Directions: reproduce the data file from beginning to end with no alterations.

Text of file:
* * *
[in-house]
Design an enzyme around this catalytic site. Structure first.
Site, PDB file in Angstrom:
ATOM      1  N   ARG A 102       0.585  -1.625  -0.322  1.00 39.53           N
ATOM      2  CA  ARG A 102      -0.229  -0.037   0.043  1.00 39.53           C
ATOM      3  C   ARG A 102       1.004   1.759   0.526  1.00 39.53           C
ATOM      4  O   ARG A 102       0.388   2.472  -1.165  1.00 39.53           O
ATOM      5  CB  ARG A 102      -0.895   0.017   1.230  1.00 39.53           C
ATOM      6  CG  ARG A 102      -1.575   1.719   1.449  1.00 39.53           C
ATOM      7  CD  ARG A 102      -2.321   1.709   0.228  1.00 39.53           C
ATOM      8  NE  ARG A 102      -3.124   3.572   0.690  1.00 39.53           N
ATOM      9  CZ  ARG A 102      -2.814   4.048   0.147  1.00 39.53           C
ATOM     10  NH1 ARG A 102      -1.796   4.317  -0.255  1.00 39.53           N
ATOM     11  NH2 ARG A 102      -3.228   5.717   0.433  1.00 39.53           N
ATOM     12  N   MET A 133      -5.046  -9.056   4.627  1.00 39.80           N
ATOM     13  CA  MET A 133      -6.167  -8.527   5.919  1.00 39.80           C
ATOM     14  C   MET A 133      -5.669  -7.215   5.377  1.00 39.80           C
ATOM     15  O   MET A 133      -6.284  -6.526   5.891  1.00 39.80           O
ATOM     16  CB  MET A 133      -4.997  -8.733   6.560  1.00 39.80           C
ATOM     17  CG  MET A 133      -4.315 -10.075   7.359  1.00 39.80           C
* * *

[in-house]
Design an enzyme around this catalytic site. Structure first.
Site, PDB file in Angstrom:
ATOM      1  N   ARG A 102       0.585  -1.625  -0.322  1.00 39.53           N
ATOM      2  CA  ARG A 102      -0.229  -0.037   0.043  1.00 39.53           C
ATOM      3  C   ARG A 102       1.004   1.759   0.526  1.00 39.53           C
ATOM      4  O   ARG A 102       0.388   2.472  -1.165  1.00 39.53           O
ATOM      5  CB  ARG A 102      -0.895   0.017   1.230  1.00 39.53           C
ATOM      6  CG  ARG A 102      -1.575   1.719   1.449  1.00 39.53           C
ATOM      7  CD  ARG A 102      -2.321   1.709   0.228  1.00 39.53           C
ATOM      8  NE  ARG A 102      -3.124   3.572   0.690  1.00 39.53           N
ATOM      9  CZ  ARG A 102      -2.814   4.048   0.147  1.00 39.53           C
ATOM     10  NH1 ARG A 102      -1.796   4.317  -0.255  1.00 39.53           N
ATOM     11  NH2 ARG A 102      -3.228   5.717   0.433  1.00 39.53           N
ATOM     12  N   MET A 133      -5.046  -9.056   4.627  1.00 39.80           N
ATOM     13  CA  MET A 133      -6.167  -8.527   5.919  1.00 39.80           C
ATOM     14  C   MET A 133      -5.669  -7.215   5.377  1.00 39.80           C
ATOM     15  O   MET A 133      -6.284  -6.526   5.891  1.00 39.80           O
ATOM     16  CB  MET A 133      -4.997  -8.733   6.560  1.00 39.80           C
ATOM     17  CG  MET A 133      -4.315 -10.075   7.359  1.00 39.80           C